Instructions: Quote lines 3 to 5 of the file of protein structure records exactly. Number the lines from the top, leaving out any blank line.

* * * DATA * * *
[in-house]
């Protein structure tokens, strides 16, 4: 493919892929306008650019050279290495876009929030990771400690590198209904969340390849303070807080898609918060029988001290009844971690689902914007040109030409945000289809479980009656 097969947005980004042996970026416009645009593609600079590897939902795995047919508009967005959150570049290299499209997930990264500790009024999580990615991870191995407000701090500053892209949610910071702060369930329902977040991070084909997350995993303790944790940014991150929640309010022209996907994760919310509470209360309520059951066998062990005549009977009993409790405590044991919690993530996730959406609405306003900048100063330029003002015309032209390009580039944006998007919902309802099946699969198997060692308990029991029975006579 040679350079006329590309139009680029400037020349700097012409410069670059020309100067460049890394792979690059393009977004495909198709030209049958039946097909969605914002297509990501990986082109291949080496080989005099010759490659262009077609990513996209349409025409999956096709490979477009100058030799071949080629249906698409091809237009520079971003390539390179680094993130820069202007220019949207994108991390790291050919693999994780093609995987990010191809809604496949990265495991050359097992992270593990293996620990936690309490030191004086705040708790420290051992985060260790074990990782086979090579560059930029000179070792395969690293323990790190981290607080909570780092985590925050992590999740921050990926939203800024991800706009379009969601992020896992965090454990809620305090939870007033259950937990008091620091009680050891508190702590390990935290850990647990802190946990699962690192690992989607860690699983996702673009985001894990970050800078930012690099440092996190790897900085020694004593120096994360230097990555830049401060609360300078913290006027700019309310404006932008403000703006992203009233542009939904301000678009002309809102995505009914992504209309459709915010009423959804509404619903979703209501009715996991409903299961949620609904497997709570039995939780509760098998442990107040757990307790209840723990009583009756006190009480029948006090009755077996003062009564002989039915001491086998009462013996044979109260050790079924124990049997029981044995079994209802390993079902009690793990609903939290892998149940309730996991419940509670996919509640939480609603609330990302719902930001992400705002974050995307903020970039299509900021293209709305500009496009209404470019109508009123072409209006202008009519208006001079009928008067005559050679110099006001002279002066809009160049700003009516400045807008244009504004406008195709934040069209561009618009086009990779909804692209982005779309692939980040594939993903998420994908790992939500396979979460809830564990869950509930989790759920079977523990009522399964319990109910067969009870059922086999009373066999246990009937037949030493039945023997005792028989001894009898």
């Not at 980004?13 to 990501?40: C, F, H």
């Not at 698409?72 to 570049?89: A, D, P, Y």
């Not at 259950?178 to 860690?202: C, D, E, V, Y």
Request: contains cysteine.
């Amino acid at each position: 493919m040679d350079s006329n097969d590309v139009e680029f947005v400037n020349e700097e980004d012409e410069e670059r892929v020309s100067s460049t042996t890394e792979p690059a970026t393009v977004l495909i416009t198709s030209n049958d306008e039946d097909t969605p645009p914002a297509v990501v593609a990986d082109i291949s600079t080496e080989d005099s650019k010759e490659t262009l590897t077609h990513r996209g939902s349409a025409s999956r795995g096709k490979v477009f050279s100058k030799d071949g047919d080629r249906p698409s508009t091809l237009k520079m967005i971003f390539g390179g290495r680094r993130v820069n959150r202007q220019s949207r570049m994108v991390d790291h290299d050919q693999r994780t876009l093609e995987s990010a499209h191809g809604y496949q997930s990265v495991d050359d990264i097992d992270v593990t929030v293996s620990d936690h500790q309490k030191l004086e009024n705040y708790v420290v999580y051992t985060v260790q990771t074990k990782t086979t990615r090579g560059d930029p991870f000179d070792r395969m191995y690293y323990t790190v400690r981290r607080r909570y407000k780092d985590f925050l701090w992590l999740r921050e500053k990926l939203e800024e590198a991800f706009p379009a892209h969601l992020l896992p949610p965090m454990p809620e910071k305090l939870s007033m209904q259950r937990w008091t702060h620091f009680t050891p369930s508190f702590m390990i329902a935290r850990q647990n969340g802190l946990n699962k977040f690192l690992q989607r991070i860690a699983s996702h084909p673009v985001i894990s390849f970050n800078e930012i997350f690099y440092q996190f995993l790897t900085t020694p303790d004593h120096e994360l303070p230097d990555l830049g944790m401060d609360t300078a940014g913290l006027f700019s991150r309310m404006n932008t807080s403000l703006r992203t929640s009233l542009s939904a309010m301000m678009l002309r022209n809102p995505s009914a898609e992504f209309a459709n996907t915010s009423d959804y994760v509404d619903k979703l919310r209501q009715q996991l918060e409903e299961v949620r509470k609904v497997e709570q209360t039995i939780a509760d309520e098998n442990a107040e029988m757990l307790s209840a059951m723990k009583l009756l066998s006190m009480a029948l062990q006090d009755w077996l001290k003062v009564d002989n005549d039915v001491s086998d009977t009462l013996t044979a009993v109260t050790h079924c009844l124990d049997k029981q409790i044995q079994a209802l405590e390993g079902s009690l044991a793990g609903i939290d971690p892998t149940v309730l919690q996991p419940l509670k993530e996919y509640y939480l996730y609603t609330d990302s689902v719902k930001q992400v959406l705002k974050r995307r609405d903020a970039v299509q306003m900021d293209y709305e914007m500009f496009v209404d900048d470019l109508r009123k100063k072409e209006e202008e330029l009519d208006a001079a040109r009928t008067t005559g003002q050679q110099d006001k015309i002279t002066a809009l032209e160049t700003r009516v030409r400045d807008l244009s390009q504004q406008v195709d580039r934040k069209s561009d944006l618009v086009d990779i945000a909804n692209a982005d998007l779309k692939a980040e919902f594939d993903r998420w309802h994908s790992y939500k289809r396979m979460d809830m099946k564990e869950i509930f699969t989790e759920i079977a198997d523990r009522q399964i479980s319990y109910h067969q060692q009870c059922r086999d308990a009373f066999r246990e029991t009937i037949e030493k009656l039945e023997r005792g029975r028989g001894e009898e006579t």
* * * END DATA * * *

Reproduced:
């Not at 980004?13 to 990501?40: C, F, H």
């Not at 698409?72 to 570049?89: A, D, P, Y």
């Not at 259950?178 to 860690?202: C, D, E, V, Y």